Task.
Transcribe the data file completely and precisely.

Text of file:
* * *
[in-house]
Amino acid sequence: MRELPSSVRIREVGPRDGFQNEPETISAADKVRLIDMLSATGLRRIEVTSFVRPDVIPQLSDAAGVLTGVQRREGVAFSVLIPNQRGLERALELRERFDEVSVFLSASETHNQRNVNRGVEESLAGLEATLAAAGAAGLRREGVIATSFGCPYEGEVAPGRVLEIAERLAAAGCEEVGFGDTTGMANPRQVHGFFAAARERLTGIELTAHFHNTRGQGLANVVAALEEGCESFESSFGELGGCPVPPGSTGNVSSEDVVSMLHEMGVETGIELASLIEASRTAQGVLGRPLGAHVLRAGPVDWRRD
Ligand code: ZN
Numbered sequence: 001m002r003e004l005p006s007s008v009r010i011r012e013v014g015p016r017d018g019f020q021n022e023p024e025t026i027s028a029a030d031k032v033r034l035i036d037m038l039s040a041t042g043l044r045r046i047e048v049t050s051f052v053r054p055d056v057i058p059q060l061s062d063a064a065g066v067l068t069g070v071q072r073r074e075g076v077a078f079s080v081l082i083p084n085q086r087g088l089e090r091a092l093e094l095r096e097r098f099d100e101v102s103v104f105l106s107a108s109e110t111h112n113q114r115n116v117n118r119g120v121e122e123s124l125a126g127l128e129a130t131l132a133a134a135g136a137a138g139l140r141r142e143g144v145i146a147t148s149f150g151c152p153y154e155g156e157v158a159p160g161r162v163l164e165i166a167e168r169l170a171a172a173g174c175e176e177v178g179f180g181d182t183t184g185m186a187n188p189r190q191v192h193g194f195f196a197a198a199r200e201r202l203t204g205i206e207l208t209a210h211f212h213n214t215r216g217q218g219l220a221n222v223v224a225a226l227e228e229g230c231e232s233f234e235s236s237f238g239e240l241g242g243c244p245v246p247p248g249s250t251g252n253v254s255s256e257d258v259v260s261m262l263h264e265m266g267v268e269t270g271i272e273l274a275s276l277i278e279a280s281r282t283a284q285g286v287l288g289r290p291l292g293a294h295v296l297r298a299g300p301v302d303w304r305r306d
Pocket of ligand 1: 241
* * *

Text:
[in-house]
Amino acid sequence: MRELPSSVRIREVGPRDGFQNEPETISAADKVRLIDMLSATGLRRIEVTSFVRPDVIPQLSDAAGVLTGVQRREGVAFSVLIPNQRGLERALELRERFDEVSVFLSASETHNQRNVNRGVEESLAGLEATLAAAGAAGLRREGVIATSFGCPYEGEVAPGRVLEIAERLAAAGCEEVGFGDTTGMANPRQVHGFFAAARERLTGIELTAHFHNTRGQGLANVVAALEEGCESFESSFGELGGCPVPPGSTGNVSSEDVVSMLHEMGVETGIELASLIEASRTAQGVLGRPLGAHVLRAGPVDWRRD
Ligand code: ZN
Numbered sequence: 001m002r003e004l005p006s007s008v009r010i011r012e013v014g015p016r017d018g019f020q021n022e023p024e025t026i027s028a029a030d031k032v033r034l035i036d037m038l039s040a041t042g043l044r045r046i047e048v049t050s051f052v053r054p055d056v057i058p059q060l061s062d063a064a065g066v067l068t069g070v071q072r073r074e075g076v077a078f079s080v081l082i083p084n085q086r087g088l089e090r091a092l093e094l095r096e097r098f099d100e101v102s103v104f105l106s107a108s109e110t111h112n113q114r115n116v117n118r119g120v121e122e123s124l125a126g127l128e129a130t131l132a133a134a135g136a137a138g139l140r141r142e143g144v145i146a147t148s149f150g151c152p153y154e155g156e157v158a159p160g161r162v163l164e165i166a167e168r169l170a171a172a173g174c175e176e177v178g179f180g181d182t183t184g185m186a187n188p189r190q191v192h193g194f195f196a197a198a199r200e201r202l203t204g205i206e207l208t209a210h211f212h213n214t215r216g217q218g219l220a221n222v223v224a225a226l227e228e229g230c231e232s233f234e235s236s237f238g239e240l241g242g243c244p245v246p247p248g249s250t251g252n253v254s255s256e257d258v259v260s261m262l263h264e265m266g267v268e269t270g271i272e273l274a275s276l277i278e279a280s281r282t283a284q285g286v287l288g289r290p291l292g293a294h295v296l297r298a299g300p301v302d303w304r305r306d
Pocket of ligand 1: 241